There are a few primary kidney diseases in birds and one of the most common is an infectious bronchitis virus which is specifically adapted to attack the renal system. Secondary kidney diseases include tumour attack of the kidneys due to Marek’s and reticuloendotheliosis virus. System wide inflammation will affect the kidneys and is often seen with influenza and Newcastle disease.

Causes of disturbances

Yellow frothy diarrhoea

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Often this is an over fermentation in the hind gut and is most commonly caused by a bacterial disturbance, usually an inappropriate diet or stress causing a maldigestion. This is usually easily resolved but probiotics can be very useful.

Undigested food (Weetabix looking) 

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Again, this is normally an environmental or stress response and does not cause a problem to the bird as is usually self-resolving. If allowed to continue it may lead to frothy or more watery diarrhoea. Increasing fibre and grit into the diet usually helps to slow down the intestinal transit.

Watery white 

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This can be due to complete anorexia and only has the urate/urine component but if it is very watery it could be caused by kidney disease, and if transient can be due to purging. This kind of faeces may not be a primary intestinal problem and will often involve other clinical signs if looked for.             

Mucous/pink

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This is a more advanced form of intestinal inflammation and usually represents mucosal casts or proximal intestinal inflammation. It is often seen in young birds with certain forms of cocci but can be a more serious bacterial infection causing a necrotic enteritis. Do note that urates/urine in the faeces can react with some wood shavings to produce a pink colouration which is often confused with blood and is completely harmless.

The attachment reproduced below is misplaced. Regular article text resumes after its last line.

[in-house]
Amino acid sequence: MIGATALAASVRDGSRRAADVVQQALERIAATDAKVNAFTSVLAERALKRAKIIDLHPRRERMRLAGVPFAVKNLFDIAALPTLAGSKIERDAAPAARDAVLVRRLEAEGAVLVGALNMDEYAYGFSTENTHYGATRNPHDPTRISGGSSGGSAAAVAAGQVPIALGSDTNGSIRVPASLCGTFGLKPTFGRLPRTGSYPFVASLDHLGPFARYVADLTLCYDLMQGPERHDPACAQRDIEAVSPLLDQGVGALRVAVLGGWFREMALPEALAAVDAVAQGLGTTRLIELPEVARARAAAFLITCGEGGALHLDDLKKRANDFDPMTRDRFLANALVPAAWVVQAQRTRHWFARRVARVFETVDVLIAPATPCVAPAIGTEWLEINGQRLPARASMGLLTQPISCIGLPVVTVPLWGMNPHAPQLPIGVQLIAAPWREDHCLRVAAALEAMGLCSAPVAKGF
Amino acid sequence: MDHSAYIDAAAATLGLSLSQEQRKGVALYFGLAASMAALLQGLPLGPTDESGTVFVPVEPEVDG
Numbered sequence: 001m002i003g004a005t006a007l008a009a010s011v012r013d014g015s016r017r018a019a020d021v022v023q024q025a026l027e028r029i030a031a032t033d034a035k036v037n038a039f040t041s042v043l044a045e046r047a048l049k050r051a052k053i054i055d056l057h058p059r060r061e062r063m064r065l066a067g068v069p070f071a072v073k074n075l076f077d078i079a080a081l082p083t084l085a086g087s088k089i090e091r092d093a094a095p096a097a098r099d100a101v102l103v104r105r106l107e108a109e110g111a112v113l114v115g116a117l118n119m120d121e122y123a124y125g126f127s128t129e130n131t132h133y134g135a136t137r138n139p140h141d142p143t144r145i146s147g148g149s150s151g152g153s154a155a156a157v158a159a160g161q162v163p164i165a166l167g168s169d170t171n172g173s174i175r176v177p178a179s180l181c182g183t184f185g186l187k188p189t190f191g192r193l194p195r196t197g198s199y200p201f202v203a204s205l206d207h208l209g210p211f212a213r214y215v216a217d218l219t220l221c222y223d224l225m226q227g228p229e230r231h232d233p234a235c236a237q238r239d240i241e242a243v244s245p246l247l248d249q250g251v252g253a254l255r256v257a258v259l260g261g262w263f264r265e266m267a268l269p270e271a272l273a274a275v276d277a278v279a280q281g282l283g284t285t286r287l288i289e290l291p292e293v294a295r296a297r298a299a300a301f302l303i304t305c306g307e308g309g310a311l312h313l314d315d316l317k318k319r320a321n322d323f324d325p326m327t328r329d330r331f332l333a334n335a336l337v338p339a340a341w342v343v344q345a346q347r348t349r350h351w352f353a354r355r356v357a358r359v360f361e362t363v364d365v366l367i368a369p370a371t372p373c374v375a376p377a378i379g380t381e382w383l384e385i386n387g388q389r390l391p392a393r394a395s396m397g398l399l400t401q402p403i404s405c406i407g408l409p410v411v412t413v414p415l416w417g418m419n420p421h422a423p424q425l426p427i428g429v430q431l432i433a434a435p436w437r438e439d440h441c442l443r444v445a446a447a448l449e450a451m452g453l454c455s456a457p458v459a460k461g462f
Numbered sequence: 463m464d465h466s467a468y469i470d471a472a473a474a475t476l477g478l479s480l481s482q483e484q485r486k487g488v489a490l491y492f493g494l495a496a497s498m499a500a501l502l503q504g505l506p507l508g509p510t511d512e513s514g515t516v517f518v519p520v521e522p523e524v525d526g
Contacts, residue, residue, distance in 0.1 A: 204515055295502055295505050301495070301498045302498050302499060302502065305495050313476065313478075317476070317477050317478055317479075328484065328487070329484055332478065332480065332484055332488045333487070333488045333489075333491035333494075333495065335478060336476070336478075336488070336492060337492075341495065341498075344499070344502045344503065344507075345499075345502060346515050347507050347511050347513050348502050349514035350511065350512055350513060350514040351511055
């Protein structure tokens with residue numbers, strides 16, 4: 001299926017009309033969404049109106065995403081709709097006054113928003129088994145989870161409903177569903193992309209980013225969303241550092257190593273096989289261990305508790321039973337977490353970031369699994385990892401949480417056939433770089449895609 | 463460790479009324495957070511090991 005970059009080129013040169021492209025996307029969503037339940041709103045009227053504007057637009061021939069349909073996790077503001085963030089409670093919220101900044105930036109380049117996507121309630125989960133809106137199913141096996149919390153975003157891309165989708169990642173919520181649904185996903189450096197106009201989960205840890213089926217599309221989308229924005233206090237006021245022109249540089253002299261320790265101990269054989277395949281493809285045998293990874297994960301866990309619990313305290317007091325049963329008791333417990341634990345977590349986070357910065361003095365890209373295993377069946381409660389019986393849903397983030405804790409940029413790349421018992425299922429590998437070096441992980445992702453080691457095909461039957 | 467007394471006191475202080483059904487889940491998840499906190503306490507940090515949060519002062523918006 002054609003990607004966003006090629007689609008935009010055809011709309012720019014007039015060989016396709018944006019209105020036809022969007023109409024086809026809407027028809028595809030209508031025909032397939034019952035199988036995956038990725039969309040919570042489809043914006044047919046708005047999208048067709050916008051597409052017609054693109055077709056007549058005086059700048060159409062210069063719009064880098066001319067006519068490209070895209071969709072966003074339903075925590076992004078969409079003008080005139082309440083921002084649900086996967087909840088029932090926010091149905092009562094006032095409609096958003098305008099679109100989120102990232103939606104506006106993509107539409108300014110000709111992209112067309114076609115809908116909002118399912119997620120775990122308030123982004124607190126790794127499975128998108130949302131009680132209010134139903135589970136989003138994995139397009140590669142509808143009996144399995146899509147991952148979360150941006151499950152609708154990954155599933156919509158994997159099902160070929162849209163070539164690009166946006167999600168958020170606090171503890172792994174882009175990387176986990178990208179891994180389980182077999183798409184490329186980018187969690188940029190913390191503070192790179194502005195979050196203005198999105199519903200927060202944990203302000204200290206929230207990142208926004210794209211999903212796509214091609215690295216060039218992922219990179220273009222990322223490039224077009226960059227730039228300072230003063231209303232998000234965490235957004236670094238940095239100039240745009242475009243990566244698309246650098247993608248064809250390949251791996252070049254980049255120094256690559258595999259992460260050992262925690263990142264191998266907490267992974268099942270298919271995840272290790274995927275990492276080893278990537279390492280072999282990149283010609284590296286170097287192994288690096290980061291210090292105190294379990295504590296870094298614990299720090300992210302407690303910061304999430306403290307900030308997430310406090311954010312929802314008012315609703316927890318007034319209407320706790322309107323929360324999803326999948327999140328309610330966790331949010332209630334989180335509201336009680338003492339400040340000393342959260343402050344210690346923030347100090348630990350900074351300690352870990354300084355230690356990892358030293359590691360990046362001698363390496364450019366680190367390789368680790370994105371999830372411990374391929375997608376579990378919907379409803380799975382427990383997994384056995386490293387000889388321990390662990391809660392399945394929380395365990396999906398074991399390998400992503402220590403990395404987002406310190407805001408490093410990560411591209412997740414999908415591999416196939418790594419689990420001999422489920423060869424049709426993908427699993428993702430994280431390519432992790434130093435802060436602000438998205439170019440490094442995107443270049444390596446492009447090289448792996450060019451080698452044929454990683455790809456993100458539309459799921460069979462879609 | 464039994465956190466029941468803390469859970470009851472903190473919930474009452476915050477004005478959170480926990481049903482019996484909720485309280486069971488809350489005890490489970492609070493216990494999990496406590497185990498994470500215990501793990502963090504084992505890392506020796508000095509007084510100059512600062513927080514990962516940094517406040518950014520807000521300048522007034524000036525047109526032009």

High volumes of watery urine can be due to kidney diuresis, there is no recognisable feed material meaning anorexia, and green staining is bile acids that haven’t been reabsorbed or changed by the action of normal gut bacteria. This type of faeces is often seen in pathogenic virus’ like flu and Newcastle disease. It carries a poor prognosis and, if suspected, is notifiable.

Treatments

For uncomplicated diarrhoea the aim is to restore normal gut bacterial populations. This can be achieved by using probiotics such as Beryl’s or feeding products which promote the correct bacterial such as Oligosaccharides and various yeast extracts (Intestiflora).

If not already used, the addition of grit to the diet will help with proper digestion and motility of the intestines. The bird’s diet should mainly consist of a commercial diet with added roughage and minimal corn.

Anti-inflammatories 

There are tannin based products (Biostop) which control the intestinal movement and reduce the supply of amino acids to the hind gut by binding them and will help with frothy and Weetabix type issues.

Antibiotics should only be used if there is evidence of mucosal disruption or if the birds are ill.  

Conclusion

Take ongoing diarrhoea seriously in your birds and always look for apparently unconnected diseases, however most of the time it is simply a management issue.

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This article first appeared in Smalholder magazine. Subscribe here or buy from your local newsagent.